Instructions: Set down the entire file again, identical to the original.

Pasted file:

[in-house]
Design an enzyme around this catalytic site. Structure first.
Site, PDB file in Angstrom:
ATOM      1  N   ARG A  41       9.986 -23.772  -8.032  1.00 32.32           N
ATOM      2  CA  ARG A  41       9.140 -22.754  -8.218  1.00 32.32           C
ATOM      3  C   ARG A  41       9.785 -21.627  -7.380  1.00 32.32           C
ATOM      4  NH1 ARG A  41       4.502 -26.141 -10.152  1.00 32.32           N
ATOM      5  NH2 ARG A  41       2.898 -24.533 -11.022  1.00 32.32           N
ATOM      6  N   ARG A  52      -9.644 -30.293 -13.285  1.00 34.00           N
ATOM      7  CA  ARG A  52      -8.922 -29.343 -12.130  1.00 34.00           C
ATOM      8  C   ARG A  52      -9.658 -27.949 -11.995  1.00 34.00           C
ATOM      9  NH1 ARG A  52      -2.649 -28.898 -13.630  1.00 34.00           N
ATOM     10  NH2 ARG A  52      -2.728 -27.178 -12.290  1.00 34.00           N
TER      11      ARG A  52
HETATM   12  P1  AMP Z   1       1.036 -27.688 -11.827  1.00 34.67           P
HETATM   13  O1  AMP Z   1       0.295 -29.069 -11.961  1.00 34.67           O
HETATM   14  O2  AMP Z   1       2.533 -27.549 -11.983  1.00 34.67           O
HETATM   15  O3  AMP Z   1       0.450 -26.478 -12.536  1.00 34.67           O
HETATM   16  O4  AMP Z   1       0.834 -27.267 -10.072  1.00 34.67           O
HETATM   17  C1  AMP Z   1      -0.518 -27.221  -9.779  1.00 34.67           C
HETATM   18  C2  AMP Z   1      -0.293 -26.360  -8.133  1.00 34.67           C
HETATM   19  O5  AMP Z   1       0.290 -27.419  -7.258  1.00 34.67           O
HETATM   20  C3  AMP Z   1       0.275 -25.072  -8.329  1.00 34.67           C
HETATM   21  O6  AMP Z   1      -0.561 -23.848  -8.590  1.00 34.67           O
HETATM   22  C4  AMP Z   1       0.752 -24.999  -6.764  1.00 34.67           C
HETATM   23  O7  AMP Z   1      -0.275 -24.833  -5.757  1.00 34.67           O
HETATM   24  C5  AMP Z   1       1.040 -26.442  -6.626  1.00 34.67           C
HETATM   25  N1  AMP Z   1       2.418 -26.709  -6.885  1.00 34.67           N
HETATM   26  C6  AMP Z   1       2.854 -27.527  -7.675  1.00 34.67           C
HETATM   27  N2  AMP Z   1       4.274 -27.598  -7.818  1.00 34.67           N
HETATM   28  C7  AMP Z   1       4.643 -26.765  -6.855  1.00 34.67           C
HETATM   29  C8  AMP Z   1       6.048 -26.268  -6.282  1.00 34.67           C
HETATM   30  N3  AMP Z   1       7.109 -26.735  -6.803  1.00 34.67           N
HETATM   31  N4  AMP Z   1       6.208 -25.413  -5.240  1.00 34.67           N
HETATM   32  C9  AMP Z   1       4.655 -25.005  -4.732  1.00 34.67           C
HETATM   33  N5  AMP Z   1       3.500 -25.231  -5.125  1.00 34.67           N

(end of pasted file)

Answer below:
[in-house]
Design an enzyme around this catalytic site. Structure first.
Site, PDB file in Angstrom:
ATOM      1  N   ARG A  41       9.986 -23.772  -8.032  1.00 32.32           N
ATOM      2  CA  ARG A  41       9.140 -22.754  -8.218  1.00 32.32           C
ATOM      3  C   ARG A  41       9.785 -21.627  -7.380  1.00 32.32           C
ATOM      4  NH1 ARG A  41       4.502 -26.141 -10.152  1.00 32.32           N
ATOM      5  NH2 ARG A  41       2.898 -24.533 -11.022  1.00 32.32           N
ATOM      6  N   ARG A  52      -9.644 -30.293 -13.285  1.00 34.00           N
ATOM      7  CA  ARG A  52      -8.922 -29.343 -12.130  1.00 34.00           C
ATOM      8  C   ARG A  52      -9.658 -27.949 -11.995  1.00 34.00           C
ATOM      9  NH1 ARG A  52      -2.649 -28.898 -13.630  1.00 34.00           N
ATOM     10  NH2 ARG A  52      -2.728 -27.178 -12.290  1.00 34.00           N
TER      11      ARG A  52
HETATM   12  P1  AMP Z   1       1.036 -27.688 -11.827  1.00 34.67           P
HETATM   13  O1  AMP Z   1       0.295 -29.069 -11.961  1.00 34.67           O
HETATM   14  O2  AMP Z   1       2.533 -27.549 -11.983  1.00 34.67           O
HETATM   15  O3  AMP Z   1       0.450 -26.478 -12.536  1.00 34.67           O
HETATM   16  O4  AMP Z   1       0.834 -27.267 -10.072  1.00 34.67           O
HETATM   17  C1  AMP Z   1      -0.518 -27.221  -9.779  1.00 34.67           C
HETATM   18  C2  AMP Z   1      -0.293 -26.360  -8.133  1.00 34.67           C
HETATM   19  O5  AMP Z   1       0.290 -27.419  -7.258  1.00 34.67           O
HETATM   20  C3  AMP Z   1       0.275 -25.072  -8.329  1.00 34.67           C
HETATM   21  O6  AMP Z   1      -0.561 -23.848  -8.590  1.00 34.67           O
HETATM   22  C4  AMP Z   1       0.752 -24.999  -6.764  1.00 34.67           C
HETATM   23  O7  AMP Z   1      -0.275 -24.833  -5.757  1.00 34.67           O
HETATM   24  C5  AMP Z   1       1.040 -26.442  -6.626  1.00 34.67           C
HETATM   25  N1  AMP Z   1       2.418 -26.709  -6.885  1.00 34.67           N
HETATM   26  C6  AMP Z   1       2.854 -27.527  -7.675  1.00 34.67           C
HETATM   27  N2  AMP Z   1       4.274 -27.598  -7.818  1.00 34.67           N
HETATM   28  C7  AMP Z   1       4.643 -26.765  -6.855  1.00 34.67           C
HETATM   29  C8  AMP Z   1       6.048 -26.268  -6.282  1.00 34.67           C
HETATM   30  N3  AMP Z   1       7.109 -26.735  -6.803  1.00 34.67           N
HETATM   31  N4  AMP Z   1       6.208 -25.413  -5.240  1.00 34.67           N
HETATM   32  C9  AMP Z   1       4.655 -25.005  -4.732  1.00 34.67           C
HETATM   33  N5  AMP Z   1       3.500 -25.231  -5.125  1.00 34.67           N